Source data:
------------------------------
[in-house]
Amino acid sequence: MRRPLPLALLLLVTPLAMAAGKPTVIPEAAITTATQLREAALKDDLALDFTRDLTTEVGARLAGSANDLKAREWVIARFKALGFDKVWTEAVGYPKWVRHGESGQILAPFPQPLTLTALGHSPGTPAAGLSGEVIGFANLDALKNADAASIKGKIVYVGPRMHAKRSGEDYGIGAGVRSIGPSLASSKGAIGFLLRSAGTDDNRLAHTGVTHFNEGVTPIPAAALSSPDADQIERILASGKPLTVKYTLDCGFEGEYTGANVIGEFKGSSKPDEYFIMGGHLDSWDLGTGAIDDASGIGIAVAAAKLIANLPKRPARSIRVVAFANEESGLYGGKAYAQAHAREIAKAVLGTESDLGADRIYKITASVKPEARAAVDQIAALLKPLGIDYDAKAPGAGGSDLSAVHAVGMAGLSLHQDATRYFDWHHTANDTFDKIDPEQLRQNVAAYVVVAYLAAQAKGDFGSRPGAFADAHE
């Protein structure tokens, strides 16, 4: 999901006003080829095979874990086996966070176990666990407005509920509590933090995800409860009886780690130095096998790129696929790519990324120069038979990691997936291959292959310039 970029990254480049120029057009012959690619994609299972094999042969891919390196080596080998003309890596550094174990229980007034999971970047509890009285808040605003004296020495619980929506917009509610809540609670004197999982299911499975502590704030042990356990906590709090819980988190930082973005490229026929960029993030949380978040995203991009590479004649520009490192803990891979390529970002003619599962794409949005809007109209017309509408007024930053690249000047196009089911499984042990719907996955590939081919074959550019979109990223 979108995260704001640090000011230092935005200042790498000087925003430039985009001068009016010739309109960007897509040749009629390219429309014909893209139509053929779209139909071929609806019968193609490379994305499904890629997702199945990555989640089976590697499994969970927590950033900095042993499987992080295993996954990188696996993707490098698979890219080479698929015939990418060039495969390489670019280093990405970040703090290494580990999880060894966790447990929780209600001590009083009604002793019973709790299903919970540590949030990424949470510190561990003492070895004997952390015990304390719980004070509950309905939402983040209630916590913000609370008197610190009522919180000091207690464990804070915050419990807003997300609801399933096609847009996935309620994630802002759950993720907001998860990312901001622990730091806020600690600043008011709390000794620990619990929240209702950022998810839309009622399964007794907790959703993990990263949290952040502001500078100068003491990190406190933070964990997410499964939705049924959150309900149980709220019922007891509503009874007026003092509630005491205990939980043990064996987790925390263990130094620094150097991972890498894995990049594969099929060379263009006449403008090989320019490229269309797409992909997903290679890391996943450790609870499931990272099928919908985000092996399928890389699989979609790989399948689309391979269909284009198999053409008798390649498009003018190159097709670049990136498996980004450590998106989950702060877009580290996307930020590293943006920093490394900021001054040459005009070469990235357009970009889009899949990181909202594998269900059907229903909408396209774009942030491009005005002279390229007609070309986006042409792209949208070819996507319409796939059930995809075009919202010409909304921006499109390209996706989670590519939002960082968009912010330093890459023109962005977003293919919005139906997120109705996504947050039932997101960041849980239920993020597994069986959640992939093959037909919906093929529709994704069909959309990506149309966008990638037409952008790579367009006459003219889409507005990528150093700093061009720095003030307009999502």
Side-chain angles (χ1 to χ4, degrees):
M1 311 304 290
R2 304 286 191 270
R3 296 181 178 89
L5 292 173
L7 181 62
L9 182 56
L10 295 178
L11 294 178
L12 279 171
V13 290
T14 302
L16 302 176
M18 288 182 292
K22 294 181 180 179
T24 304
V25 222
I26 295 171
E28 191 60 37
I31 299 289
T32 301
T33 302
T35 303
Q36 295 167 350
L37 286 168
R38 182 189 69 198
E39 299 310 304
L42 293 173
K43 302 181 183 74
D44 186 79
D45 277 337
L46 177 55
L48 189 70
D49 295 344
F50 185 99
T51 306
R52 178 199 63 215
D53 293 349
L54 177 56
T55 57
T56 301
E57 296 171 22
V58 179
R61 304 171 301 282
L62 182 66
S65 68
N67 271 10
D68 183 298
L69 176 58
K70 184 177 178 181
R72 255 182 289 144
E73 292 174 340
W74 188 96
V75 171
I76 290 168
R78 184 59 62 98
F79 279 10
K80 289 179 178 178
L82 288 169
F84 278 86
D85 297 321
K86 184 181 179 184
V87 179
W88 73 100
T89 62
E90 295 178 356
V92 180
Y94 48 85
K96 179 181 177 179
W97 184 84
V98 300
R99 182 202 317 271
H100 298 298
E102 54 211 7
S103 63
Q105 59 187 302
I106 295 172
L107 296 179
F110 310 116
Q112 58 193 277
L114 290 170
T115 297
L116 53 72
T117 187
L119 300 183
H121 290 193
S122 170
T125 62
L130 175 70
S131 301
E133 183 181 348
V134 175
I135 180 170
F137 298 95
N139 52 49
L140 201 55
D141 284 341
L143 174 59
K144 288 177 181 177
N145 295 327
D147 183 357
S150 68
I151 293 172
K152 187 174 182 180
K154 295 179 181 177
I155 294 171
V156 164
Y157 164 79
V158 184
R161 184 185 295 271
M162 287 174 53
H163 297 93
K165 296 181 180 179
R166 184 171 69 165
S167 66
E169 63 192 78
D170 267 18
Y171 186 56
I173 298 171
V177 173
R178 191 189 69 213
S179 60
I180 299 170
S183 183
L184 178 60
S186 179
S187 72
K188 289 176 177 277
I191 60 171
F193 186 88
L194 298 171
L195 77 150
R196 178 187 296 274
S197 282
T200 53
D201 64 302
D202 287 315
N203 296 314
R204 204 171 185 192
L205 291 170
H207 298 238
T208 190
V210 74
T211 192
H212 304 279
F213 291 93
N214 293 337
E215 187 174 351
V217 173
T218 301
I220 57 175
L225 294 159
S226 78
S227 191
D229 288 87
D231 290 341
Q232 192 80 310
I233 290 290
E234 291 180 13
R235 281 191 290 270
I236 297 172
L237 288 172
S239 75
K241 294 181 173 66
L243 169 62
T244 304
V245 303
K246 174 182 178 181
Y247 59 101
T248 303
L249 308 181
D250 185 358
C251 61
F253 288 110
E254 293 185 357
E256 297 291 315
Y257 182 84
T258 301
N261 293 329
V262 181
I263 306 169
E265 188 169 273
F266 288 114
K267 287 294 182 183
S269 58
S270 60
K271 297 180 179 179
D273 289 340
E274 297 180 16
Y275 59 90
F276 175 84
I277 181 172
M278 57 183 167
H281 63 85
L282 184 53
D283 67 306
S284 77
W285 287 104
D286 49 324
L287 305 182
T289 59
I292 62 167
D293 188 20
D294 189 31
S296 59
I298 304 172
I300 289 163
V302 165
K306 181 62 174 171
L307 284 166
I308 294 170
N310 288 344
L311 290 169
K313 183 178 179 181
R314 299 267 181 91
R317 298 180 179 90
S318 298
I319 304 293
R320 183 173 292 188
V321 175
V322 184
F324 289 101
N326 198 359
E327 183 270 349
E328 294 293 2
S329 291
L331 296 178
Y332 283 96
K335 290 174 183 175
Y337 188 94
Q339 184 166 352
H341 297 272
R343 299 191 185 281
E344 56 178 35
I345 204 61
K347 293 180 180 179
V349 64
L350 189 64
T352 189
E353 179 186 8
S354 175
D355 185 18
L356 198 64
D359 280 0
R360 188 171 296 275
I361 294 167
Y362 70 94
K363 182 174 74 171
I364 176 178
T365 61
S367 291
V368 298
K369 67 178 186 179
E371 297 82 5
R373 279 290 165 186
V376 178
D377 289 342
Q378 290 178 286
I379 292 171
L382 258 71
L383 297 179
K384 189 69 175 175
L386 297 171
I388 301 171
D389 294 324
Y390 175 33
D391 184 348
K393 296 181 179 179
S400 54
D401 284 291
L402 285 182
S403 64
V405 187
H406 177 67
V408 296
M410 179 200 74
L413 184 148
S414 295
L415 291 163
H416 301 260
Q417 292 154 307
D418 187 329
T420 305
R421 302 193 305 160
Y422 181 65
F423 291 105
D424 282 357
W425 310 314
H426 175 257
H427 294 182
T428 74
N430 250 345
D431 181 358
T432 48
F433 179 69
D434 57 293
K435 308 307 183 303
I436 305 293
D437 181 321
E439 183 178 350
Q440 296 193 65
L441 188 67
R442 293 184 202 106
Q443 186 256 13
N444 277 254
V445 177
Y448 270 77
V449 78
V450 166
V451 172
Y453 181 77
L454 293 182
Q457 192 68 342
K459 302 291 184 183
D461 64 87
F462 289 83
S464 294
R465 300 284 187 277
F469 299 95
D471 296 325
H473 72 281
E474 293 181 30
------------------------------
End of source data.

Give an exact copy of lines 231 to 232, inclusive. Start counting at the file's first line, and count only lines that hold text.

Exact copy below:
Y332 283 96
K335 290 174 183 175